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Alarm bells over corporate debt in emerging economies

​​​​​Since the global financial crisis in 2007/08, the debt obligations of non-financial corporates in emerging market economies have been on a steep upward trend that threatens to undermine wider debt sustainability. 


According to the IMF, the debt of non-financial corporations rose from $4 trillion in 2004 to well over $18 trillion in 2014 across major emerging market economies, and according to the Bank of International Settlement (BIS), this debt increased from around $9 trillion at the end of 2008 to just over $25 trillion by the end of 2015. In relative terms, corporate debt almost doubled as a percentage of GDP from 57 to 104 per cent over the past seven years. This is markedly higher than in many advanced economies prior to the global financial crisis.​

The main danger posed by this development to overall debt sustainability in these economies is that these constitute major contingent liabilities: If the experiences of Latin America in the 1980s and East Asia in the 1990s (as well as those of many EMU economies more recently) are anything to go by, unsustainable corporate debt has a habit of ending up on public balance sheets when corporate bankruptcies threaten to undermine macroeconomic stability.

This recent expansion of corporate external balance sheets in many emerging market economies appears to be closely linked to excess liquidity in the international financial markets fuelled, in particular, by the extensive use of asset purchasing programmes - so-called quantitative easing (QE) programmes - by advanced economy Central Banks since 2008.  McCauley et al (2015, BIS Working Paper 483) estimate that overseas US dollar credit provided through bank loans and bonds reached $9.8 trillion by 2014. Around $7 trillion are thought to have fuelled the expansion of US dollar credits in emerging market economies (e.g. Wheatley and Kynge, Emerging Markets: Deeper into the red, Financial Times 17 November 2015).

The channels through which original and leveraged QE cash reaches emerging market corporates are various: These asset purchasing programmes drive down returns on safe assets (such as US T-Bills) and send asset managers in search for higher-yield but also higher-risk assets elsewhere, such as corporate bonds in emerging markets. QE cash also finds its way from commercial banks to financial institutions with high-risk investment strategies, such as hedge funds. Finally, foreign direct investment (FDI) plays a role, in particular through intra-company loans that are making up large shares of overall FDI in countries such as China and Brazil.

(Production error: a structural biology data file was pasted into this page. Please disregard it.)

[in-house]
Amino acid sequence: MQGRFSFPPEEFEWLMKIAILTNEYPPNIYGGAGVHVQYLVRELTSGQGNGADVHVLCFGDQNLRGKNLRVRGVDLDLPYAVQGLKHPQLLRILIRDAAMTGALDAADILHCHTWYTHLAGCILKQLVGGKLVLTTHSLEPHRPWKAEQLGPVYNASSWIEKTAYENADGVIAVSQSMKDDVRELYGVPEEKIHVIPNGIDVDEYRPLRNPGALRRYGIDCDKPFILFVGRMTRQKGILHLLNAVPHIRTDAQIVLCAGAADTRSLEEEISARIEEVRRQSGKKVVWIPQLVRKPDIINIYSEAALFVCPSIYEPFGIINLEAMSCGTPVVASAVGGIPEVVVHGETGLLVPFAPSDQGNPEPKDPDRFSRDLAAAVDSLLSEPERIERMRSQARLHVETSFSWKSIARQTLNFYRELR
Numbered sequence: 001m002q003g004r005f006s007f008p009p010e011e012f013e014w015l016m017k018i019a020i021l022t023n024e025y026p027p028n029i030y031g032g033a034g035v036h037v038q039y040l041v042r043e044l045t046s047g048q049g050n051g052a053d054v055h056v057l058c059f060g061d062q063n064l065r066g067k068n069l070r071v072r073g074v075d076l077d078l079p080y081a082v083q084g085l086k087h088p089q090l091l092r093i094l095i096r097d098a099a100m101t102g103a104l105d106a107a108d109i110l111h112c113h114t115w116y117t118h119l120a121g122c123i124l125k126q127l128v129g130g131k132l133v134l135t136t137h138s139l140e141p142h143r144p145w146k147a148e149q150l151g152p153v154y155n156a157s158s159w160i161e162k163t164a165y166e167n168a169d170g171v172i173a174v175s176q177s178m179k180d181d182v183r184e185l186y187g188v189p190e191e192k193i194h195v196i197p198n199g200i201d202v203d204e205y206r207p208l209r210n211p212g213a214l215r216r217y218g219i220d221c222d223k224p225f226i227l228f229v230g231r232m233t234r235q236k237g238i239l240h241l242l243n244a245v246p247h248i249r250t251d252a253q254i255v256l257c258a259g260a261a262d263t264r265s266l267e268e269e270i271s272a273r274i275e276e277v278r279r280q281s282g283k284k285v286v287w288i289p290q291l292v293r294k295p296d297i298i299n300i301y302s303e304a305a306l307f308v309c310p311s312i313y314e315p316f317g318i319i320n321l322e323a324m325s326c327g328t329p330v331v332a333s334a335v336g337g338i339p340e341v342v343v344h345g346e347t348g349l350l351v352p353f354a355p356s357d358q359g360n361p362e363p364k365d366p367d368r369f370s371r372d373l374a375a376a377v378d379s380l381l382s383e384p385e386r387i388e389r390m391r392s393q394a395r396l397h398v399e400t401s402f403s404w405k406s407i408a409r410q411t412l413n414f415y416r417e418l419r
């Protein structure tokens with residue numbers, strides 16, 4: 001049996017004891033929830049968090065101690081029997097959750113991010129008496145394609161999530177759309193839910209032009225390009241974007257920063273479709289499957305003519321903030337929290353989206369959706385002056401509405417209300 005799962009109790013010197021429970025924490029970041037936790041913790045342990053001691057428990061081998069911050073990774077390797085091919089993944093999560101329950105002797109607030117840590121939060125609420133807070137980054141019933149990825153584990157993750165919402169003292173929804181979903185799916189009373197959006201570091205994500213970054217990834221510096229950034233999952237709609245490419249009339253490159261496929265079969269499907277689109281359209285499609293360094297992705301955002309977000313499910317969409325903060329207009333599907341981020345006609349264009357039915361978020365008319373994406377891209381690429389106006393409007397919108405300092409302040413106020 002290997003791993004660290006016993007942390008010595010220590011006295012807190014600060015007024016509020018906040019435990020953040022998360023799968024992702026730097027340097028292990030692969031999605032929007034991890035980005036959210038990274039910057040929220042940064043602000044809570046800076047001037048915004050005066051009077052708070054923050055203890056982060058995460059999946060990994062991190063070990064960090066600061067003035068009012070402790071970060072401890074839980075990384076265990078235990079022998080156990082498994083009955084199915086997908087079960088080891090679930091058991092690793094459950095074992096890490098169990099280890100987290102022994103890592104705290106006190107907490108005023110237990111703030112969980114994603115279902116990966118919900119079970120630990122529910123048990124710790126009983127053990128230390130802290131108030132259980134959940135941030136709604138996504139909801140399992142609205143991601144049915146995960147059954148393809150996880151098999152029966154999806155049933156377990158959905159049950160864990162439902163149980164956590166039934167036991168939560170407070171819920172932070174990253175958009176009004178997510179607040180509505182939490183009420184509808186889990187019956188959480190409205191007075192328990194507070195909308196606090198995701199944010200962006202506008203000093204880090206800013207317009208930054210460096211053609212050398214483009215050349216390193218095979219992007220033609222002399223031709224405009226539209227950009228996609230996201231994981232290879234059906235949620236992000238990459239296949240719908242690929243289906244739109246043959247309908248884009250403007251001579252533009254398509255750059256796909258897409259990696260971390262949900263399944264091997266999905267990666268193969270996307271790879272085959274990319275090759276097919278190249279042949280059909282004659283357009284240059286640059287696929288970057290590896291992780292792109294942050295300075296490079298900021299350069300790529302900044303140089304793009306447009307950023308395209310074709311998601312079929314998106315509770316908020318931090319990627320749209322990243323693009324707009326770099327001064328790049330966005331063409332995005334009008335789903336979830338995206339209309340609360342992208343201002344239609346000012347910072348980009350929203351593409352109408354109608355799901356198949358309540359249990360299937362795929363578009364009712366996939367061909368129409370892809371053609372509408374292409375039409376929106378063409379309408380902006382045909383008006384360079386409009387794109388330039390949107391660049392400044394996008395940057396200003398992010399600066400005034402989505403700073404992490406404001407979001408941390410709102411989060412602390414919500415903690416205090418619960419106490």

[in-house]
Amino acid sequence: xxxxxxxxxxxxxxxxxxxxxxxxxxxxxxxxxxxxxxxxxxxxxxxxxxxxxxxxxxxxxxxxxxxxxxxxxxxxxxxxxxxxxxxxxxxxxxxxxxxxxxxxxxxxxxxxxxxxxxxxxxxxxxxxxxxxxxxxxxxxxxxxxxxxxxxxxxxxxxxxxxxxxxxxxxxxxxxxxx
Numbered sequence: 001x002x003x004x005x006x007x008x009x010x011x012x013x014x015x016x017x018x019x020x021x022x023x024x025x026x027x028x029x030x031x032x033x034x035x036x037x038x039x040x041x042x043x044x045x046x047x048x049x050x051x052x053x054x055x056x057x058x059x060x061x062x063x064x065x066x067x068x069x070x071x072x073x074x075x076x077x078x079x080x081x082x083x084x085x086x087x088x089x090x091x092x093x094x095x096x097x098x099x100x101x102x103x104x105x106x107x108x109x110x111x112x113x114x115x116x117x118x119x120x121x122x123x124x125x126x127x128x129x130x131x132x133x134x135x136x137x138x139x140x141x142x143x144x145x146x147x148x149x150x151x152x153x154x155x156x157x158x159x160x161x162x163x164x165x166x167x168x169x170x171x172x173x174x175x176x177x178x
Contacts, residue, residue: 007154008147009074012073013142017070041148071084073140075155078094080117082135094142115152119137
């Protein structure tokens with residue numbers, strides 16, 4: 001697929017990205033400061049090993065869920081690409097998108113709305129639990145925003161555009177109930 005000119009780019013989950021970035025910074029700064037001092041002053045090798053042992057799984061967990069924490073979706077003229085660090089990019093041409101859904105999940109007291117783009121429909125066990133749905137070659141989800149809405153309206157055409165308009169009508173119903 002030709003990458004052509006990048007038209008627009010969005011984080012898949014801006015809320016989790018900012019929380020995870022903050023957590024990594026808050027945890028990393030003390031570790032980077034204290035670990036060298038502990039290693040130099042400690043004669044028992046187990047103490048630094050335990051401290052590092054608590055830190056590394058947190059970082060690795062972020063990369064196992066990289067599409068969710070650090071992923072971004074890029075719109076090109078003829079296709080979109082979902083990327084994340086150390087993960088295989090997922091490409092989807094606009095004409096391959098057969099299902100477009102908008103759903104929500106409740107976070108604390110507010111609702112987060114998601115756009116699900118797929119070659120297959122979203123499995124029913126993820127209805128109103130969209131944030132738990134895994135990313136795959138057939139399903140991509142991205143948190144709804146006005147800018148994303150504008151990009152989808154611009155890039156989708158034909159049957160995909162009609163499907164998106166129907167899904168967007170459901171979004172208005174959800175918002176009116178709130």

This very high sensitivity of capital flows into emerging market economies more generally, to policy changes in advanced economies is also evident in the (short-term) fall out from Brexit and the pending Italian banking crisis: While many emerging economies had begun to register a significant increases in capital outflows following the end of in particular the US Federal Bank's asset-purchasing programmes in 2014 and eventually growing fears over corporate bankruptcies and fragile debt sustainability in these economies, Brexit and uncertainty about Italy's problems instantly reversed this trend more recently, and for now.

Moreover, it is fast becoming clear that debt-financed investment by corporates in emerging economies does not favour economic activity supportive of longer-term structural transformation. Rather, albeit with some regional differences, the bulk of debt-financed corporate investment has so far ended up in sectors such as construction and services with a high degree of speculative economic activity.

In most cases corporate debt has primarily been contracted in international financial markets and foreign-denominated currencies, with one exception: China. While Chinese corporate debt has increased very significantly over the past six years to no less than an estimated 170% of GDP in 2015 and its total debt now stands at around 250% of GDP, the lion's share of its corporate debt is held by state-owned enterprises with domestic banks or in domestic-currency bonds.

Keeping such regional differences in mind, and pending further volatility in capital flows to and from emerging markets, the graph included in this note charts the debt servicing ratios (DSR) of non-financial corporations in large developing economies between end-2007 and end-2015. DSRs reflect the share of (sectoral) income used to service debt and are generally considered to be a reliable warning indicator of pending banking crises.